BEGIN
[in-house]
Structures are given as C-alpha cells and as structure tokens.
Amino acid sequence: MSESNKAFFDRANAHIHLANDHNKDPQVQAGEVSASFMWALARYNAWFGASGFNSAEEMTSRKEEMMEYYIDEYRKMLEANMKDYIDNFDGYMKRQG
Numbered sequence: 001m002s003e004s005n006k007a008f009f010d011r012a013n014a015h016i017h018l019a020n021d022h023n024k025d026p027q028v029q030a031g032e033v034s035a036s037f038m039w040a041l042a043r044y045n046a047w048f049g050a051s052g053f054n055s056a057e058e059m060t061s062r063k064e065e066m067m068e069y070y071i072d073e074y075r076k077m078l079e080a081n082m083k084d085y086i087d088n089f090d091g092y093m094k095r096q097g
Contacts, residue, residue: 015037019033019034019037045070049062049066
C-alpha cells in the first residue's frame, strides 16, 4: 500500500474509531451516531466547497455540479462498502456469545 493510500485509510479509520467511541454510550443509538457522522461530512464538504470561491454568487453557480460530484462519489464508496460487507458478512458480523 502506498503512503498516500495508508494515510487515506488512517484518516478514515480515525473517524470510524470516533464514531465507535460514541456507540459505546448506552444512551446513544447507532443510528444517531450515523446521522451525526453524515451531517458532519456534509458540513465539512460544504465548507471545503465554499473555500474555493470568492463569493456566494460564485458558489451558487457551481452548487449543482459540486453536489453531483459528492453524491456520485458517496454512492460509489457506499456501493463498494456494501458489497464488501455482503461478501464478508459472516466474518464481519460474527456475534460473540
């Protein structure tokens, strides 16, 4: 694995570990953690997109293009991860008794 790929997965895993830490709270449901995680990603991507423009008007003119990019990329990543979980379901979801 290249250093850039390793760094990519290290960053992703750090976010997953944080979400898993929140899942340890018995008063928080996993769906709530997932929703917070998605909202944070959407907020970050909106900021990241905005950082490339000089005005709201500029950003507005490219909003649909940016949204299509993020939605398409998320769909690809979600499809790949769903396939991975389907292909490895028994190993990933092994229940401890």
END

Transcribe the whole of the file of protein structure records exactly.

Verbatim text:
[in-house]
Structures are given as C-alpha cells and as structure tokens.
Amino acid sequence: MSESNKAFFDRANAHIHLANDHNKDPQVQAGEVSASFMWALARYNAWFGASGFNSAEEMTSRKEEMMEYYIDEYRKMLEANMKDYIDNFDGYMKRQG
Numbered sequence: 001m002s003e004s005n006k007a008f009f010d011r012a013n014a015h016i017h018l019a020n021d022h023n024k025d026p027q028v029q030a031g032e033v034s035a036s037f038m039w040a041l042a043r044y045n046a047w048f049g050a051s052g053f054n055s056a057e058e059m060t061s062r063k064e065e066m067m068e069y070y071i072d073e074y075r076k077m078l079e080a081n082m083k084d085y086i087d088n089f090d091g092y093m094k095r096q097g
Contacts, residue, residue: 015037019033019034019037045070049062049066
C-alpha cells in the first residue's frame, strides 16, 4: 500500500474509531451516531466547497455540479462498502456469545 493510500485509510479509520467511541454510550443509538457522522461530512464538504470561491454568487453557480460530484462519489464508496460487507458478512458480523 502506498503512503498516500495508508494515510487515506488512517484518516478514515480515525473517524470510524470516533464514531465507535460514541456507540459505546448506552444512551446513544447507532443510528444517531450515523446521522451525526453524515451531517458532519456534509458540513465539512460544504465548507471545503465554499473555500474555493470568492463569493456566494460564485458558489451558487457551481452548487449543482459540486453536489453531483459528492453524491456520485458517496454512492460509489457506499456501493463498494456494501458489497464488501455482503461478501464478508459472516466474518464481519460474527456475534460473540
């Protein structure tokens, strides 16, 4: 694995570990953690997109293009991860008794 790929997965895993830490709270449901995680990603991507423009008007003119990019990329990543979980379901979801 290249250093850039390793760094990519290290960053992703750090976010997953944080979400898993929140899942340890018995008063928080996993769906709530997932929703917070998605909202944070959407907020970050909106900021990241905005950082490339000089005005709201500029950003507005490219909003649909940016949204299509993020939605398409998320769909690809979600499809790949769903396939991975389907292909490895028994190993990933092994229940401890």